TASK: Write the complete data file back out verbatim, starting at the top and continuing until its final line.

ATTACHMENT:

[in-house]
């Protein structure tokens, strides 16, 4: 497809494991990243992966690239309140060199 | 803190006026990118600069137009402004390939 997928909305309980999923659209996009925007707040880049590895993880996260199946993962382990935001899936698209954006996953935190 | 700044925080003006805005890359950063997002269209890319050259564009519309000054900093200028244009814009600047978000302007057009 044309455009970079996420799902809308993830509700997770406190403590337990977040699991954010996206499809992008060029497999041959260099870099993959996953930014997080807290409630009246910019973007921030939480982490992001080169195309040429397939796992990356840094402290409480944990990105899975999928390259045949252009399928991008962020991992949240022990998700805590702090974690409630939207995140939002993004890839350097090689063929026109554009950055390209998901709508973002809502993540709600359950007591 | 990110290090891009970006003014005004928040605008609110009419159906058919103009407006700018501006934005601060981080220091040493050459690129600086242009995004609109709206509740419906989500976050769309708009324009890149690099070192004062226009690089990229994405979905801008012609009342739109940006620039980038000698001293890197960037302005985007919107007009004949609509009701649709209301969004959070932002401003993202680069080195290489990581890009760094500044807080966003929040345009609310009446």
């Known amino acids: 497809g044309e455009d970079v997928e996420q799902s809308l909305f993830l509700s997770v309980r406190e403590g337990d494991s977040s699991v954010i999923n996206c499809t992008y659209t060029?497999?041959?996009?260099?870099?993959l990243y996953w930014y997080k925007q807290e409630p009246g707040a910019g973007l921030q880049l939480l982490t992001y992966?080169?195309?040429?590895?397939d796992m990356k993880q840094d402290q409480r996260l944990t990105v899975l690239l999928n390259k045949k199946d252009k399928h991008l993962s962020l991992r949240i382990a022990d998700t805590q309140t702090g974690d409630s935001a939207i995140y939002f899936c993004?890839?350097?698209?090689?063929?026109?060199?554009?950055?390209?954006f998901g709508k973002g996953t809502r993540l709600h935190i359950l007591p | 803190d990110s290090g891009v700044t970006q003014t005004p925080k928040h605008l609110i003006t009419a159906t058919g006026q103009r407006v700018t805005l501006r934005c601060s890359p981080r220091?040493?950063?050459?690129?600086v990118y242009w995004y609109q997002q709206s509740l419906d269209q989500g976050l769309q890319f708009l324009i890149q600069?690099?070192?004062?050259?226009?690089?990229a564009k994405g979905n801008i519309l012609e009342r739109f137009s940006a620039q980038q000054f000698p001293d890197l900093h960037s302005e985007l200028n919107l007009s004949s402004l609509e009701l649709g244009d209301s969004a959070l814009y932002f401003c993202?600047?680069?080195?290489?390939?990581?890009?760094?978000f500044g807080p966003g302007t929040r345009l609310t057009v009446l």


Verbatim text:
[in-house]
């Protein structure tokens, strides 16, 4: 497809494991990243992966690239309140060199 | 803190006026990118600069137009402004390939 997928909305309980999923659209996009925007707040880049590895993880996260199946993962382990935001899936698209954006996953935190 | 700044925080003006805005890359950063997002269209890319050259564009519309000054900093200028244009814009600047978000302007057009 044309455009970079996420799902809308993830509700997770406190403590337990977040699991954010996206499809992008060029497999041959260099870099993959996953930014997080807290409630009246910019973007921030939480982490992001080169195309040429397939796992990356840094402290409480944990990105899975999928390259045949252009399928991008962020991992949240022990998700805590702090974690409630939207995140939002993004890839350097090689063929026109554009950055390209998901709508973002809502993540709600359950007591 | 990110290090891009970006003014005004928040605008609110009419159906058919103009407006700018501006934005601060981080220091040493050459690129600086242009995004609109709206509740419906989500976050769309708009324009890149690099070192004062226009690089990229994405979905801008012609009342739109940006620039980038000698001293890197960037302005985007919107007009004949609509009701649709209301969004959070932002401003993202680069080195290489990581890009760094500044807080966003929040345009609310009446």
């Known amino acids: 497809g044309e455009d970079v997928e996420q799902s809308l909305f993830l509700s997770v309980r406190e403590g337990d494991s977040s699991v954010i999923n996206c499809t992008y659209t060029?497999?041959?996009?260099?870099?993959l990243y996953w930014y997080k925007q807290e409630p009246g707040a910019g973007l921030q880049l939480l982490t992001y992966?080169?195309?040429?590895?397939d796992m990356k993880q840094d402290q409480r996260l944990t990105v899975l690239l999928n390259k045949k199946d252009k399928h991008l993962s962020l991992r949240i382990a022990d998700t805590q309140t702090g974690d409630s935001a939207i995140y939002f899936c993004?890839?350097?698209?090689?063929?026109?060199?554009?950055?390209?954006f998901g709508k973002g996953t809502r993540l709600h935190i359950l007591p | 803190d990110s290090g891009v700044t970006q003014t005004p925080k928040h605008l609110i003006t009419a159906t058919g006026q103009r407006v700018t805005l501006r934005c601060s890359p981080r220091?040493?950063?050459?690129?600086v990118y242009w995004y609109q997002q709206s509740l419906d269209q989500g976050l769309q890319f708009l324009i890149q600069?690099?070192?004062?050259?226009?690089?990229a564009k994405g979905n801008i519309l012609e009342r739109f137009s940006a620039q980038q000054f000698p001293d890197l900093h960037s302005e985007l200028n919107l007009s004949s402004l609509e009701l649709g244009d209301s969004a959070l814009y932002f401003c993202?600047?680069?080195?290489?390939?990581?890009?760094?978000f500044g807080p966003g302007t929040r345009l609310t057009v009446l």